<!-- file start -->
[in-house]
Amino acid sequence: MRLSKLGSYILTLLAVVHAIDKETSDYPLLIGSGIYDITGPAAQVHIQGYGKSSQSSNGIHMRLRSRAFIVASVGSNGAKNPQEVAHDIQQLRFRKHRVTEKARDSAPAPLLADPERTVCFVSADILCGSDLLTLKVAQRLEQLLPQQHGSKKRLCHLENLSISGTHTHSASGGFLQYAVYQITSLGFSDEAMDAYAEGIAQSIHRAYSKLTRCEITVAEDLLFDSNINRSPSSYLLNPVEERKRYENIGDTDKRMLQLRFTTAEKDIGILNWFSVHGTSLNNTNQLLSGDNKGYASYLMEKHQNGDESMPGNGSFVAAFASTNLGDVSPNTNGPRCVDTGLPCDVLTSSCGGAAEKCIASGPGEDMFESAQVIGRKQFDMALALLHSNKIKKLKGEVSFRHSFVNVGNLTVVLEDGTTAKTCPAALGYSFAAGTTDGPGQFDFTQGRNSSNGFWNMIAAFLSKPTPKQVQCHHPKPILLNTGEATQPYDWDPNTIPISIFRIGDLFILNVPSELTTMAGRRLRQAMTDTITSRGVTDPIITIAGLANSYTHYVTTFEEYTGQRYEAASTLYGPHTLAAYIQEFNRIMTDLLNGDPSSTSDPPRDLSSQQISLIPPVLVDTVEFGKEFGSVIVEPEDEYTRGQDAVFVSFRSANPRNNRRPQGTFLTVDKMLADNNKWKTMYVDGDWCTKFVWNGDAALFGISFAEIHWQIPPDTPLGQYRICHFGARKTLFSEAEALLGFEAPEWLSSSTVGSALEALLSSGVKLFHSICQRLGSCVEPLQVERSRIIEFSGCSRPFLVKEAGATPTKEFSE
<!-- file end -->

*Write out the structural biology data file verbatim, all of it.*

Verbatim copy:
[in-house]
Amino acid sequence: MRLSKLGSYILTLLAVVHAIDKETSDYPLLIGSGIYDITGPAAQVHIQGYGKSSQSSNGIHMRLRSRAFIVASVGSNGAKNPQEVAHDIQQLRFRKHRVTEKARDSAPAPLLADPERTVCFVSADILCGSDLLTLKVAQRLEQLLPQQHGSKKRLCHLENLSISGTHTHSASGGFLQYAVYQITSLGFSDEAMDAYAEGIAQSIHRAYSKLTRCEITVAEDLLFDSNINRSPSSYLLNPVEERKRYENIGDTDKRMLQLRFTTAEKDIGILNWFSVHGTSLNNTNQLLSGDNKGYASYLMEKHQNGDESMPGNGSFVAAFASTNLGDVSPNTNGPRCVDTGLPCDVLTSSCGGAAEKCIASGPGEDMFESAQVIGRKQFDMALALLHSNKIKKLKGEVSFRHSFVNVGNLTVVLEDGTTAKTCPAALGYSFAAGTTDGPGQFDFTQGRNSSNGFWNMIAAFLSKPTPKQVQCHHPKPILLNTGEATQPYDWDPNTIPISIFRIGDLFILNVPSELTTMAGRRLRQAMTDTITSRGVTDPIITIAGLANSYTHYVTTFEEYTGQRYEAASTLYGPHTLAAYIQEFNRIMTDLLNGDPSSTSDPPRDLSSQQISLIPPVLVDTVEFGKEFGSVIVEPEDEYTRGQDAVFVSFRSANPRNNRRPQGTFLTVDKMLADNNKWKTMYVDGDWCTKFVWNGDAALFGISFAEIHWQIPPDTPLGQYRICHFGARKTLFSEAEALLGFEAPEWLSSSTVGSALEALLSSGVKLFHSICQRLGSCVEPLQVERSRIIEFSGCSRPFLVKEAGATPTKEFSE